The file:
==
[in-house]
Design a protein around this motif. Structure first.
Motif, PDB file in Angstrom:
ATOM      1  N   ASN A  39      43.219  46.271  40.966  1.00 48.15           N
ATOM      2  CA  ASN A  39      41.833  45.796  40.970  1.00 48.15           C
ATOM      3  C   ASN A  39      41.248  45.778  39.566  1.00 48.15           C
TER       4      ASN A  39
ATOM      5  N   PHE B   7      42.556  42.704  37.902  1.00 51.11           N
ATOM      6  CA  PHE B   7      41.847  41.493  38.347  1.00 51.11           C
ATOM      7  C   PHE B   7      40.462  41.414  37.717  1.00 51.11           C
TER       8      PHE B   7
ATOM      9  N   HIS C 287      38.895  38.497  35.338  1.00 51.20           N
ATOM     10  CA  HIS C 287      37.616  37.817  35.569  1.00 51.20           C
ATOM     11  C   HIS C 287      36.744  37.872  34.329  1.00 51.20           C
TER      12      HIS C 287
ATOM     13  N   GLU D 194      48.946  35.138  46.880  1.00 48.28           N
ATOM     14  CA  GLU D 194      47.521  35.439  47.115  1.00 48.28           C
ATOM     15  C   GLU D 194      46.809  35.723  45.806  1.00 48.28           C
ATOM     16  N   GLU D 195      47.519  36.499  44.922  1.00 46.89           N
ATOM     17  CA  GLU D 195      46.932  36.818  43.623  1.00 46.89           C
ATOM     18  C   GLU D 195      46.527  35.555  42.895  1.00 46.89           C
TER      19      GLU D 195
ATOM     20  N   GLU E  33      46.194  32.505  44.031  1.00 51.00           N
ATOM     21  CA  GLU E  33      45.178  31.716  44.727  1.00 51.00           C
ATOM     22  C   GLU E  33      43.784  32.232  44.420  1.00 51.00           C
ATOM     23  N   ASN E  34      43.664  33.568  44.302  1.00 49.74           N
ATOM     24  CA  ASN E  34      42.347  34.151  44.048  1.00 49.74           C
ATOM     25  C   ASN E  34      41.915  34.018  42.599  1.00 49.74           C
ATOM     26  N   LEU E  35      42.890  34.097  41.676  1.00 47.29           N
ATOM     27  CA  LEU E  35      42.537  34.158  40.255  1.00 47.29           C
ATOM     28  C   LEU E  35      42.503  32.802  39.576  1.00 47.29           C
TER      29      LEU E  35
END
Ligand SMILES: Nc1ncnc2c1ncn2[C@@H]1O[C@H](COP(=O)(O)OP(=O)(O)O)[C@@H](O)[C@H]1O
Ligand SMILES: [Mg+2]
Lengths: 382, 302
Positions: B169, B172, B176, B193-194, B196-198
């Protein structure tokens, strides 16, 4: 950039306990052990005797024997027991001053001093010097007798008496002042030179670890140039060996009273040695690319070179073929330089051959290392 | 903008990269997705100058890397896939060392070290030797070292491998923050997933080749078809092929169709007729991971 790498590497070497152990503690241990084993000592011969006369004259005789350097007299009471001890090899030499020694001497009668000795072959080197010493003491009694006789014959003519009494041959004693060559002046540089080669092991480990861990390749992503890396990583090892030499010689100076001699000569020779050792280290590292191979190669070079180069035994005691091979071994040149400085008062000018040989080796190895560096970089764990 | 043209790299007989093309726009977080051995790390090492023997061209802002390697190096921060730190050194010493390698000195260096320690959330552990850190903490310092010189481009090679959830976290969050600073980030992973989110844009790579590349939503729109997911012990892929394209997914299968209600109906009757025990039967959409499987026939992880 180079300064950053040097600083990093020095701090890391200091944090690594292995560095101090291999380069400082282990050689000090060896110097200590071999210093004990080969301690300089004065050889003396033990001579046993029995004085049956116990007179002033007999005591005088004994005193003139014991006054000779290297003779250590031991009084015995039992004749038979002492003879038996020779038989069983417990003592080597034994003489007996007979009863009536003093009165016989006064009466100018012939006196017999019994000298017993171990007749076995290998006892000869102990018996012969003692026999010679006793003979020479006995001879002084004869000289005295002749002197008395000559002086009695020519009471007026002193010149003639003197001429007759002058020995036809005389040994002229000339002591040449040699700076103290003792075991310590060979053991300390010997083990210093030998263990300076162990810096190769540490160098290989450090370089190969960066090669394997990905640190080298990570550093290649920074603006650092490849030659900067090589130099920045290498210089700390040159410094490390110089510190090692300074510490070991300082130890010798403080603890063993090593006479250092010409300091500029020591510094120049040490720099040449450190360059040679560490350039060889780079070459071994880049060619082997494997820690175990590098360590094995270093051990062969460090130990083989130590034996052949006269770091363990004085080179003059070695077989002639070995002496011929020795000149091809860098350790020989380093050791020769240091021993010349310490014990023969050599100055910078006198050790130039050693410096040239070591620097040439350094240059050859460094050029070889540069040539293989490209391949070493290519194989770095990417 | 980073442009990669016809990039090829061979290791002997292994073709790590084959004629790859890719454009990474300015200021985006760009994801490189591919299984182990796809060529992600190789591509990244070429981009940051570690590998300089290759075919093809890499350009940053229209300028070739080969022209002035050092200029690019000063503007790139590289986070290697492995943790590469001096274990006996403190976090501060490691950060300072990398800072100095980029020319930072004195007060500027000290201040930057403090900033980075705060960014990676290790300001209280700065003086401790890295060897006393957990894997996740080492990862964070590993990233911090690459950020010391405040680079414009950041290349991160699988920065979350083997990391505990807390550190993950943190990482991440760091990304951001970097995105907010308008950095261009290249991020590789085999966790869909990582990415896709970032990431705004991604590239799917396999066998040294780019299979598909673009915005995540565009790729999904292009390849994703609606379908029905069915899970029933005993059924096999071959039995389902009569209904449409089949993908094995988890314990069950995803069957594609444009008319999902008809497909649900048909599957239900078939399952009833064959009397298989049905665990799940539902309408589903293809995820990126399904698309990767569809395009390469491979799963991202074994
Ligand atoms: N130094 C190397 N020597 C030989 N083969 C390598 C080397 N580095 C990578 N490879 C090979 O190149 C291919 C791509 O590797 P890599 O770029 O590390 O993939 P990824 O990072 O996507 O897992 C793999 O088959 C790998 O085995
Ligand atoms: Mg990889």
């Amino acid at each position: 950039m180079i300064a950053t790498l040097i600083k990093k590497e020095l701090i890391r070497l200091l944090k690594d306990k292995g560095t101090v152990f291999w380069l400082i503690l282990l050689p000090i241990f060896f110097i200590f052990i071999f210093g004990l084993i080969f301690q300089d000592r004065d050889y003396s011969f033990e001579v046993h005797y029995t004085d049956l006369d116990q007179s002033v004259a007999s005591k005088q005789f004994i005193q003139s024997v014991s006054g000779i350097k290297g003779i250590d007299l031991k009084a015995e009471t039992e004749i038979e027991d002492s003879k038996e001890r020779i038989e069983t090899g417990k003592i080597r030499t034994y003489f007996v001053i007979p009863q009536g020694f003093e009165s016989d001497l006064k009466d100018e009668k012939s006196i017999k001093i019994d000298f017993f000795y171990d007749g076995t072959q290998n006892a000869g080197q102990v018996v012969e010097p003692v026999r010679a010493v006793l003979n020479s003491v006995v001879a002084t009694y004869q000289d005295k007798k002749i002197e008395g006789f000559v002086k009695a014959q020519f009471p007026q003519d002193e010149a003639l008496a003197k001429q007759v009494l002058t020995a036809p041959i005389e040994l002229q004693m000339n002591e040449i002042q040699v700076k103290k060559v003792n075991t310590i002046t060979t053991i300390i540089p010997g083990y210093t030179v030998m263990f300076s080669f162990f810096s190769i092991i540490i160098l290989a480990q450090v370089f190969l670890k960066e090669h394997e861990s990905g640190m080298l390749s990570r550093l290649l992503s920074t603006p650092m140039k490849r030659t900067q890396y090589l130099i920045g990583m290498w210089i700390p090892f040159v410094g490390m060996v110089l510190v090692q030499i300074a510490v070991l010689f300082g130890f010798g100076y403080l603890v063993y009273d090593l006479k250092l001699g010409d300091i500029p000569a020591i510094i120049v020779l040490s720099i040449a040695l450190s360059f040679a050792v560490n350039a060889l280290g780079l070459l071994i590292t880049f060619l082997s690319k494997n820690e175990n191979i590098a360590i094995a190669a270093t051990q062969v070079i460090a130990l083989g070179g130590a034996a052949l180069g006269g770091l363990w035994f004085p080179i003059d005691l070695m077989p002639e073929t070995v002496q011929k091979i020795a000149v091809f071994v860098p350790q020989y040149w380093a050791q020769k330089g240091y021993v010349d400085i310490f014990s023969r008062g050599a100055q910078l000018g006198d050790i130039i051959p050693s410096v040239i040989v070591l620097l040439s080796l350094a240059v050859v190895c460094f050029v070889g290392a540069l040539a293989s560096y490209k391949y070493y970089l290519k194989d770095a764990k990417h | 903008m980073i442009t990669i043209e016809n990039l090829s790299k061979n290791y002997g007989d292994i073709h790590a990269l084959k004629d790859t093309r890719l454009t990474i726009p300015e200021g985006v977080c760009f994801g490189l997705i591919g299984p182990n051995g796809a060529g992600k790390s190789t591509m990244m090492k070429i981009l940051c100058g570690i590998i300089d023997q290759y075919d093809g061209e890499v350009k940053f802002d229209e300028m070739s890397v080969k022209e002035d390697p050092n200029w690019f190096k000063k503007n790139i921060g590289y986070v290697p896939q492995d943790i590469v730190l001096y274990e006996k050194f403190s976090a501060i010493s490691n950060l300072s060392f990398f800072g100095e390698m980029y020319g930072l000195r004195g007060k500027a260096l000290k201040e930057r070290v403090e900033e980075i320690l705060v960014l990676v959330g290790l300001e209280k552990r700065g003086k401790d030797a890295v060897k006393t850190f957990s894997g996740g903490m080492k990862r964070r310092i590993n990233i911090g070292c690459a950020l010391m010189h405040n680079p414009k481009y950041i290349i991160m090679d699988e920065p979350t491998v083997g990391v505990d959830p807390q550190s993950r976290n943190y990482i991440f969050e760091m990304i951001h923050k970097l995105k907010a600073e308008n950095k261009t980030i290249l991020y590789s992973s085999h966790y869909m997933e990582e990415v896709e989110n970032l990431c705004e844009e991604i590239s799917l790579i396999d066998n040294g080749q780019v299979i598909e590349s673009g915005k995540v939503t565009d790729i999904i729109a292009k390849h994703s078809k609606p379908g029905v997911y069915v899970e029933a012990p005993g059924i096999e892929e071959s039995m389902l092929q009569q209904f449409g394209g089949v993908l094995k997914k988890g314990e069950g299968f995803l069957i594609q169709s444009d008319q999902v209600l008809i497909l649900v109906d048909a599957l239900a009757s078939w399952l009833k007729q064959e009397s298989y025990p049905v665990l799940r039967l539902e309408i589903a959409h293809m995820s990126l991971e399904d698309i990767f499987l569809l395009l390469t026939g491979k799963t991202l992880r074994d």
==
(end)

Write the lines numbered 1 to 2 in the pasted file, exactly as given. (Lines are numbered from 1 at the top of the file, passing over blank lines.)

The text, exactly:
[in-house]
Design a protein around this motif. Structure first.